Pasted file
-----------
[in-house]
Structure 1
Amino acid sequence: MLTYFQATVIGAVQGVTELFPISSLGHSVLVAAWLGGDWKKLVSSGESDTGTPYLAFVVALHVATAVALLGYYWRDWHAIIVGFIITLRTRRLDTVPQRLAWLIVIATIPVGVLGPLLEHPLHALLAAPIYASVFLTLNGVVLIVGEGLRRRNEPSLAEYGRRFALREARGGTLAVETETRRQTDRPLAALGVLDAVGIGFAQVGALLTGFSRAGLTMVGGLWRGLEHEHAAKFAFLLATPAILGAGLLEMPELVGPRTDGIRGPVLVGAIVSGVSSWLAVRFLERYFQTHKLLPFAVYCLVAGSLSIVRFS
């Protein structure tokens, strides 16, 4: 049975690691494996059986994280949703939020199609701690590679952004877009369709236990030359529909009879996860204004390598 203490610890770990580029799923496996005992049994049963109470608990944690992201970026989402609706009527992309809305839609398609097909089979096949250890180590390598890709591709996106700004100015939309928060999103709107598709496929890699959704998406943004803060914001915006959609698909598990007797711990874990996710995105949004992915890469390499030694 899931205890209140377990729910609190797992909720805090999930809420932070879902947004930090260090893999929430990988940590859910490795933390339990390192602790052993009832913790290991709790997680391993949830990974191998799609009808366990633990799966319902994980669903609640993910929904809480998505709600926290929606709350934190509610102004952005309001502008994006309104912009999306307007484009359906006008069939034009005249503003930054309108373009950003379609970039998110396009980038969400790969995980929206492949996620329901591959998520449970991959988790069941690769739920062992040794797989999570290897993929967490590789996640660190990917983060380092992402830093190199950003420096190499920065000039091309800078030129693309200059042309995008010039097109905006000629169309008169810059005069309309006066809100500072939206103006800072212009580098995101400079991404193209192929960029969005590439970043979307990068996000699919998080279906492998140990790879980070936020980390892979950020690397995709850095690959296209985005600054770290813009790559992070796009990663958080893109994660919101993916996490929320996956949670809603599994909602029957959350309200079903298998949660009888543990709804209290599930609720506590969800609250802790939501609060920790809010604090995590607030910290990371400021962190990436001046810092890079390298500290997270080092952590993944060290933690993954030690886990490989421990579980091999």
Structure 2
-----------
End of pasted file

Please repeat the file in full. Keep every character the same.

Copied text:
[in-house]
Structure 1
Amino acid sequence: MLTYFQATVIGAVQGVTELFPISSLGHSVLVAAWLGGDWKKLVSSGESDTGTPYLAFVVALHVATAVALLGYYWRDWHAIIVGFIITLRTRRLDTVPQRLAWLIVIATIPVGVLGPLLEHPLHALLAAPIYASVFLTLNGVVLIVGEGLRRRNEPSLAEYGRRFALREARGGTLAVETETRRQTDRPLAALGVLDAVGIGFAQVGALLTGFSRAGLTMVGGLWRGLEHEHAAKFAFLLATPAILGAGLLEMPELVGPRTDGIRGPVLVGAIVSGVSSWLAVRFLERYFQTHKLLPFAVYCLVAGSLSIVRFS
């Protein structure tokens, strides 16, 4: 049975690691494996059986994280949703939020199609701690590679952004877009369709236990030359529909009879996860204004390598 203490610890770990580029799923496996005992049994049963109470608990944690992201970026989402609706009527992309809305839609398609097909089979096949250890180590390598890709591709996106700004100015939309928060999103709107598709496929890699959704998406943004803060914001915006959609698909598990007797711990874990996710995105949004992915890469390499030694 899931205890209140377990729910609190797992909720805090999930809420932070879902947004930090260090893999929430990988940590859910490795933390339990390192602790052993009832913790290991709790997680391993949830990974191998799609009808366990633990799966319902994980669903609640993910929904809480998505709600926290929606709350934190509610102004952005309001502008994006309104912009999306307007484009359906006008069939034009005249503003930054309108373009950003379609970039998110396009980038969400790969995980929206492949996620329901591959998520449970991959988790069941690769739920062992040794797989999570290897993929967490590789996640660190990917983060380092992402830093190199950003420096190499920065000039091309800078030129693309200059042309995008010039097109905006000629169309008169810059005069309309006066809100500072939206103006800072212009580098995101400079991404193209192929960029969005590439970043979307990068996000699919998080279906492998140990790879980070936020980390892979950020690397995709850095690959296209985005600054770290813009790559992070796009990663958080893109994660919101993916996490929320996956949670809603599994909602029957959350309200079903298998949660009888543990709804209290599930609720506590969800609250802790939501609060920790809010604090995590607030910290990371400021962190990436001046810092890079390298500290997270080092952590993944060290933690993954030690886990490989421990579980091999």
Structure 2